If you have been following our lockdown series of stories, you may have read our previous piece where we interviewed accomplished businessman, Andy Lord:

As a recap, after becoming CEO at Rethink Group, Andy’s career took a different direction when he noticed an opportunity to recruit candidates and educate them. He convinced the board at the business to back the coding school, Code Nation.

Following an MBO, Andy negotiated an acquisition of an apprenticeship provider and launched Code Nation V2, which became the fastest growing tech apprenticeship provider in the UK.

In our second piece from Andy in the series, he tells us how these challenging times have become a catalyst for change for businesses large and small, and how he wants to apply this disruptive thinking to education.

Unfinished business

Admitting that he has “unfinished business” in this field, Andy said: “My real passion is in education. I never did well in school, although I’ve always been very bright. I just found it dull and not very inspiring. Unsurprisingly, I left without any qualifications.

“The education system in many areas in schools, colleges and even universities, still appears to be a Victorian teaching style, trying to do a ‘one size fits all’. If students are not captured or motivated by this, then they are at risk of missing out. I also personally believe that some subjects taught in our education systems are not relevant in the world of work.

“It was very eye opening to think about the amount of people I met through Code Nation that actually agreed with me. The likes of Elon Musk and the tech-based work he is carrying out to help change the world just doesn’t get taught enough in schools. "

“I definitely feel like I have some unfinished business in disrupting education, because I truly believe there is a different teaching style and syllabus that can be more appealing now than it ever has been. So, this is where I want to really focus my time and energy.”

A new approach to apprenticeships

Looking towards a launch date in quarter four of this year, Andy revealed that plans are in place to start a new apprenticeship provider that addresses the growing skills gap within the digital and technology space. A field that this pandemic has taught us will be the driving force of the marketplace for years to come.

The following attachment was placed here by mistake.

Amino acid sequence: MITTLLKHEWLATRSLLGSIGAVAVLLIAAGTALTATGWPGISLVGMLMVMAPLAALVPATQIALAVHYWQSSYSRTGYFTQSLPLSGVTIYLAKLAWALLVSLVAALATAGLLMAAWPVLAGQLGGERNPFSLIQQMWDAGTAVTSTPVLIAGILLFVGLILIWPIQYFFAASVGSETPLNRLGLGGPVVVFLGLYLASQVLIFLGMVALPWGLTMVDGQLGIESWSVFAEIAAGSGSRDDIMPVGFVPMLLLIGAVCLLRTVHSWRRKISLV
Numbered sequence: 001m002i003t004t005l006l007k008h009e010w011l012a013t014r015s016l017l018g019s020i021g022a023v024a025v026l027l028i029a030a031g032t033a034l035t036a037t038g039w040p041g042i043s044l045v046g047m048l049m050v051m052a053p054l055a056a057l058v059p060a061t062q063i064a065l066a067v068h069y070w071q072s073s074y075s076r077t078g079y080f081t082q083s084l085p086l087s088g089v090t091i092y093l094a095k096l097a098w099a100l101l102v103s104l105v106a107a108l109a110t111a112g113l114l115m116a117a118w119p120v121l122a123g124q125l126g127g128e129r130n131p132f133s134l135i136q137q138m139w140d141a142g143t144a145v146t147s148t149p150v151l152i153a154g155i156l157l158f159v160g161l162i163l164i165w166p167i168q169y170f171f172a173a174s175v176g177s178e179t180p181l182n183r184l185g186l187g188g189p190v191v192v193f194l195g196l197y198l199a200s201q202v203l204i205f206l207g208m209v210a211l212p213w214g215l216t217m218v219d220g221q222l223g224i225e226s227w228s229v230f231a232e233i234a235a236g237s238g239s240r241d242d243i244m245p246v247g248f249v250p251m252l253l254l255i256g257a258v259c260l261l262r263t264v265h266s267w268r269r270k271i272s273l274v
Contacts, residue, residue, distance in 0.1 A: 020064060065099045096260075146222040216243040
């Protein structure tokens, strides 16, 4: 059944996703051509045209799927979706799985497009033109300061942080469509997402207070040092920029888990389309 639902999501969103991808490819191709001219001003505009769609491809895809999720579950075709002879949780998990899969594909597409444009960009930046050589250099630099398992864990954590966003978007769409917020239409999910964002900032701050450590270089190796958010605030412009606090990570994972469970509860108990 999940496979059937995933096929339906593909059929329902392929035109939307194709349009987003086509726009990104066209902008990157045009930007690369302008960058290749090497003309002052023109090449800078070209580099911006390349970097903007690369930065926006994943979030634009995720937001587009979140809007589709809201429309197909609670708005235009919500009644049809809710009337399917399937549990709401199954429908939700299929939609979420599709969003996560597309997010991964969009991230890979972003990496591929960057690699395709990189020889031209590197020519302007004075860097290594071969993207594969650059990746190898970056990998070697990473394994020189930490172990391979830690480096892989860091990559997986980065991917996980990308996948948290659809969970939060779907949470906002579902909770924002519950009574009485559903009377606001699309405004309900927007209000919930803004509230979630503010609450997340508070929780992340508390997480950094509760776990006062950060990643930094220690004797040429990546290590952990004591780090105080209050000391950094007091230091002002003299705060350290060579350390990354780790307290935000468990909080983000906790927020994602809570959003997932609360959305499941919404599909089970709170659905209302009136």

Andy comments: “The plan is to be employer led rather than educational led and this is because of the lessons I have learnt on the importance of improving candidates’ employability skills.

“This can be anything from understating how the commerce side of how a company works to developing an entrepreneurial spirit and even gaining the ability to put presentations together. It’s all about improving confidence levels and preparing applicants for the working world.

“I’m also going to put a lot of focus on helping underrepresented groups, especially those who simply don’t have a lot of money. This pandemic has really hit peoples’ financial situations hard and there are sections of society that can’t afford laptops, new training or even to sign up for a course. So, they end up stuck in a job which prevents them from following their passion.

“This is the area that I believe disruptive education can have a major impact and help people overcome these barriers.”

Taking strength from a network  

With such an intriguing story to tell, here at The Yorkshire Mafia, we couldn’t agree more with Andy’s comments on the need for supportive network, especially during times of crisis. But as the fight against Coronavirus remains ongoing and many challenges are yet to be met, Andy shared some useful tips to preparing for the struggles that we all may still face.

He said: “Although it sounds like a cliché, I’d encourage anyone to ask for help and please don’t feel like you are a failure if you do ask for help. It is a very strong thing for people to do. I truly believe that there will be a lot of people in this situation, so look into your own networks and talk.

“I feel that it shows real strength to be a facilitator and say ‘listen, let’s get our heads together and speak’. The Yorkshire Mafia is a great example of this, so make use of the networks you have."

“I also think that the most important thing to come out of this situation is to have perspective on what’s important. I think we’ve all learned that working from home and changing our work-life balance has been really valuable. Take some to re-evaluate your priorities.

“Finally, I would just say that it is ok to fail. Rather than clinging on to something and be stressed and sad, be willing to let go. You can always start again and have another go.”

If you would like to add Andy to your network, you can access his LinkedIn profile here:



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